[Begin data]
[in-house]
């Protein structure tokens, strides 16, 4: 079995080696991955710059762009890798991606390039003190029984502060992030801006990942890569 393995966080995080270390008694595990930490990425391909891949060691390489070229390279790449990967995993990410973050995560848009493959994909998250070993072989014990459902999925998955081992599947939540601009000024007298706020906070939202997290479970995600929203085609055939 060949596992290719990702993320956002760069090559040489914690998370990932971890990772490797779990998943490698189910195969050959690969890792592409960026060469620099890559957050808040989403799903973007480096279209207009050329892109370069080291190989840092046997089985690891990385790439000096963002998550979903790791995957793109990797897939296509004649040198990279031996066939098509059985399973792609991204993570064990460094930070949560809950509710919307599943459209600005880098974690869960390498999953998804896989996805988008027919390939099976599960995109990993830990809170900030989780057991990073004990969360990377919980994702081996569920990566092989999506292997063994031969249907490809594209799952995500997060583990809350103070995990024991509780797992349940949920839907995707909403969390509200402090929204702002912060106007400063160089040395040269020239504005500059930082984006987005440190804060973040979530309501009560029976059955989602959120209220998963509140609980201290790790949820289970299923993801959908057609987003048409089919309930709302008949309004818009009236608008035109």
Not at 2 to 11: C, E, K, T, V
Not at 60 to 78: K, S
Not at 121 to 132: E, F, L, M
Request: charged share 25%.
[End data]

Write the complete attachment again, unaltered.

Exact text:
[in-house]
């Protein structure tokens, strides 16, 4: 079995080696991955710059762009890798991606390039003190029984502060992030801006990942890569 393995966080995080270390008694595990930490990425391909891949060691390489070229390279790449990967995993990410973050995560848009493959994909998250070993072989014990459902999925998955081992599947939540601009000024007298706020906070939202997290479970995600929203085609055939 060949596992290719990702993320956002760069090559040489914690998370990932971890990772490797779990998943490698189910195969050959690969890792592409960026060469620099890559957050808040989403799903973007480096279209207009050329892109370069080291190989840092046997089985690891990385790439000096963002998550979903790791995957793109990797897939296509004649040198990279031996066939098509059985399973792609991204993570064990460094930070949560809950509710919307599943459209600005880098974690869960390498999953998804896989996805988008027919390939099976599960995109990993830990809170900030989780057991990073004990969360990377919980994702081996569920990566092989999506292997063994031969249907490809594209799952995500997060583990809350103070995990024991509780797992349940949920839907995707909403969390509200402090929204702002912060106007400063160089040395040269020239504005500059930082984006987005440190804060973040979530309501009560029976059955989602959120209220998963509140609980201290790790949820289970299923993801959908057609987003048409089919309930709302008949309004818009009236608008035109």
Not at 2 to 11: C, E, K, T, V
Not at 60 to 78: K, S
Not at 121 to 132: E, F, L, M
Request: charged share 25%.